Questions tagged [singularities]

Use this tag for questions about singularities in physical quantities, i.e. cases where a quantity becomes or appears to become infinite or ill-defined. Consider the more specific tags [black-holes] and [wormholes] for certain kinds of singularities occurring in general relativity. For the procedure of "getting rid" of singularities, consider the [regularization] tag.

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Can super heavy elements form inside black holes?

I have read that heavy elements like gold and uranium are formed due to extreme pressure, through a process similar to nuclear fission. I wonder if something like atomic no. 500 or 5000 could form ...
Gopal Kaushik's user avatar
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Divergences in tree-level diagrams?

Consider the Feynman diagram in $\phi^4$ theory where there are three incoming momenta ($p_1$, $p_2$, and $p_3$), three outgoing momenta ($q_1$, $q_2$, and $q_3$), and one internal line so that this ...
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Types of singularities

I am confused about the types of singularities. According to my limited knowledge there are two types of singularity. One is space like singularity ( a curvature singularity enclosed within a null ...
zahra's user avatar
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Why do correlation functions involving composite fields require special analysis?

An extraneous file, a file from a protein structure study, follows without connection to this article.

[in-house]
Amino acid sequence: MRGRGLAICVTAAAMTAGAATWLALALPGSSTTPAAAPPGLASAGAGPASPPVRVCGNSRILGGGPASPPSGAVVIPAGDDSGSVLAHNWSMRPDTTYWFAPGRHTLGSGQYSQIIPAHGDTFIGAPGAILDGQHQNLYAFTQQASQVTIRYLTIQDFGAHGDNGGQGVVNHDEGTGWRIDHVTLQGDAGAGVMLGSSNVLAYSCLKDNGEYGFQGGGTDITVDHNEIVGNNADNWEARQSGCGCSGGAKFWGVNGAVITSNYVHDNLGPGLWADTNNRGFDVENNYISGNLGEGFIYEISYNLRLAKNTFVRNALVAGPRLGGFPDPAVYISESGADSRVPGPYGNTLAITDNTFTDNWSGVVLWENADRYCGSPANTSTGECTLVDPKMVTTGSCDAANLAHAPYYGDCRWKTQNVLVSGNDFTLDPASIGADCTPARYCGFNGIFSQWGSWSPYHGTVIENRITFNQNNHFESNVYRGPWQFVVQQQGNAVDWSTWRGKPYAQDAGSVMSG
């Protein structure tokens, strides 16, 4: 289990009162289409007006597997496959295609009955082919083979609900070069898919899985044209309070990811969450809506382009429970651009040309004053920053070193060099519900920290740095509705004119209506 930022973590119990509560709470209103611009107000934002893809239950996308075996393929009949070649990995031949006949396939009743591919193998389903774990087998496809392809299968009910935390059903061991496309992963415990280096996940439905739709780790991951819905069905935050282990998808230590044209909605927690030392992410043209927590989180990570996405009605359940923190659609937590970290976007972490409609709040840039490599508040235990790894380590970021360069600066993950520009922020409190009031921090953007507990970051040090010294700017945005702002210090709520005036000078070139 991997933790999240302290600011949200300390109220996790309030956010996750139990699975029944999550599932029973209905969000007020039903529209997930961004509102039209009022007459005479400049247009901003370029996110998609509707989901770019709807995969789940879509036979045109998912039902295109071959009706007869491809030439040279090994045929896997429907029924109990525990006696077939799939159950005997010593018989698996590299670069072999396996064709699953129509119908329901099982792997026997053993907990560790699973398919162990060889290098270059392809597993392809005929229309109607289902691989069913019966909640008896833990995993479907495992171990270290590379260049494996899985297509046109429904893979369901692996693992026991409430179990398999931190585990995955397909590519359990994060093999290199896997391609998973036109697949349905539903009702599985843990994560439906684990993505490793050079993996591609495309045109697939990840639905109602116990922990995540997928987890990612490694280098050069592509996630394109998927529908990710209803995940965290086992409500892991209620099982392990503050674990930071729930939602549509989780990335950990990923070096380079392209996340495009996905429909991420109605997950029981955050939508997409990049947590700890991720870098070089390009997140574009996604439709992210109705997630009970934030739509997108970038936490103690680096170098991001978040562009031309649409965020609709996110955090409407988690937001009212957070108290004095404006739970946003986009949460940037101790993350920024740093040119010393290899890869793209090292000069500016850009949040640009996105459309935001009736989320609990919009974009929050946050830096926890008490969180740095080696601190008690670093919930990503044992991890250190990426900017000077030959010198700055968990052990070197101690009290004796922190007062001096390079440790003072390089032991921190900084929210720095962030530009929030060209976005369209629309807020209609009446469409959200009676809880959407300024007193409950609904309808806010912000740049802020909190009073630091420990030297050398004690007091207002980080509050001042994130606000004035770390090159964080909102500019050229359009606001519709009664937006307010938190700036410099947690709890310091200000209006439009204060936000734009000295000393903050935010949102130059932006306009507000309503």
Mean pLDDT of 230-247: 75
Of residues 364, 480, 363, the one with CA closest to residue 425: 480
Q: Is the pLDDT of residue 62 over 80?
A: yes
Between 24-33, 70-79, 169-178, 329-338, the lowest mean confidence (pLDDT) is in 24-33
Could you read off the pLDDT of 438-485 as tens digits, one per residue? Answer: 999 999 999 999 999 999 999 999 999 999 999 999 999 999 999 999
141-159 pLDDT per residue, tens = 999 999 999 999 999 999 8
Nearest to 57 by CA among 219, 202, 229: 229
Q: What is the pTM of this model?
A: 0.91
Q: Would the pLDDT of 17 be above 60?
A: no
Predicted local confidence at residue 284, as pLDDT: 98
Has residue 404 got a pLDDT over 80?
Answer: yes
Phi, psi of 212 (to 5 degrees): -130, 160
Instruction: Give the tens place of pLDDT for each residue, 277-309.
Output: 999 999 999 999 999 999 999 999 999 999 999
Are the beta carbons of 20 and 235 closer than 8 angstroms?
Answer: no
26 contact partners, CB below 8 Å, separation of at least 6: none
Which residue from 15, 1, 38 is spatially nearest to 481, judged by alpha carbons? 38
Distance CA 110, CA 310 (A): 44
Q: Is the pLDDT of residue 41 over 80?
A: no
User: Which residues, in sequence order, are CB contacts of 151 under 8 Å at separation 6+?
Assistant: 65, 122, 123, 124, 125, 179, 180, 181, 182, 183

For simplicity I will be considering $\phi^4$ theory. To analyze correlation functions of the form $$\langle \phi(x_1)\phi(x_2)\ldots\phi(x_n)$$ with $$x_1 \neq x_2 \neq \cdots \neq x_n \tag{1}$$ we ...
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How does renormalization affect divergent subdiagrams?

Suppose we have a theory that is super-renormalizable and let $\Gamma^n$ denote the sum of all 1PI diagrams of this theory with $n$ amputated external legs. In such theories, for all $n$ sufficiently ...
CBBAM's user avatar
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Diverging Scattering Amplitudes and Transmission/Reflection Coefficients

I am currently studying scattering theory from Sakurai and Griffiths and I have noticed that for the 1D Dirac potential, the transmission and reflection coefficients diverge when the energy ...
StackUser's user avatar
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How to find that there is a conical singularity in the BTZ black hole?

Considering a non-rotating and non-charged 2+1 dimensional black hole, known as the BTZ black hole which obtained by adding a negative cosmological constant $\Lambda=-\frac{1}{l^2},l\ne0$ to the ...